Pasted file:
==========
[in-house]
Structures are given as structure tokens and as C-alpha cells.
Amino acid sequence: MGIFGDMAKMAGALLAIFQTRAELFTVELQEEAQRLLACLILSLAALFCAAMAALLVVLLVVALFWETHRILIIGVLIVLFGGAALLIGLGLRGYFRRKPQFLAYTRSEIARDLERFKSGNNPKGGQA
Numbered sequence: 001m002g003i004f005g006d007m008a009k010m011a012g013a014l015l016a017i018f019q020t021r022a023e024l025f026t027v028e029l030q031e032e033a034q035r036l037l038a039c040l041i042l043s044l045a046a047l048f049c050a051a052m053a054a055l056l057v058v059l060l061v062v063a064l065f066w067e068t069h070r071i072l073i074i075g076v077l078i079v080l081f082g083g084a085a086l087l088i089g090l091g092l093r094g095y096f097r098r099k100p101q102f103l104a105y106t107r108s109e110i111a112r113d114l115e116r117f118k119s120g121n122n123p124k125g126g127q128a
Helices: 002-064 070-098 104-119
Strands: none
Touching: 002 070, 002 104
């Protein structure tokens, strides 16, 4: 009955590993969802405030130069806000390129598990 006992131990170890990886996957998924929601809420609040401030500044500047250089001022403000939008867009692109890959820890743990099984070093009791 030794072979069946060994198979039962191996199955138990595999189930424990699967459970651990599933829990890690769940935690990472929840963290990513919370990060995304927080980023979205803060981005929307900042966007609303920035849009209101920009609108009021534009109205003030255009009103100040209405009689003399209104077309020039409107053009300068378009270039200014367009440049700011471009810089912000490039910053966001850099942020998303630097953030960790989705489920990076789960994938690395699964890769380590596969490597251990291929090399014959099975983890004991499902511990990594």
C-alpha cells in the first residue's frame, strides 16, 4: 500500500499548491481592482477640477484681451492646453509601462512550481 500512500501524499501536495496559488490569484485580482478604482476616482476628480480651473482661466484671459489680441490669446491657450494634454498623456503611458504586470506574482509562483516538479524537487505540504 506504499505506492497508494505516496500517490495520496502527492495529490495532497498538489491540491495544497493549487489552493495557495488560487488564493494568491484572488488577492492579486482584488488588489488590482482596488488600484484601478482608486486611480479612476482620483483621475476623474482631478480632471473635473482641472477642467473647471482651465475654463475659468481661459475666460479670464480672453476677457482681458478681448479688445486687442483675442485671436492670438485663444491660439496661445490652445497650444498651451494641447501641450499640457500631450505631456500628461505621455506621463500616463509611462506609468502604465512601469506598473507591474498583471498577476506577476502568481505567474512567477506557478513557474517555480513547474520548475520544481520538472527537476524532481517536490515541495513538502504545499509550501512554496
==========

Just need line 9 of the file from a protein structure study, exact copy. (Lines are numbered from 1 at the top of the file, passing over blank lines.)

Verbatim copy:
C-alpha cells in the first residue's frame, strides 16, 4: 500500500499548491481592482477640477484681451492646453509601462512550481 500512500501524499501536495496559488490569484485580482478604482476616482476628480480651473482661466484671459489680441490669446491657450494634454498623456503611458504586470506574482509562483516538479524537487505540504 506504499505506492497508494505516496500517490495520496502527492495529490495532497498538489491540491495544497493549487489552493495557495488560487488564493494568491484572488488577492492579486482584488488588489488590482482596488488600484484601478482608486486611480479612476482620483483621475476623474482631478480632471473635473482641472477642467473647471482651465475654463475659468481661459475666460479670464480672453476677457482681458478681448479688445486687442483675442485671436492670438485663444491660439496661445490652445497650444498651451494641447501641450499640457500631450505631456500628461505621455506621463500616463509611462506609468502604465512601469506598473507591474498583471498577476506577476502568481505567474512567477506557478513557474517555480513547474520548475520544481520538472527537476524532481517536490515541495513538502504545499509550501512554496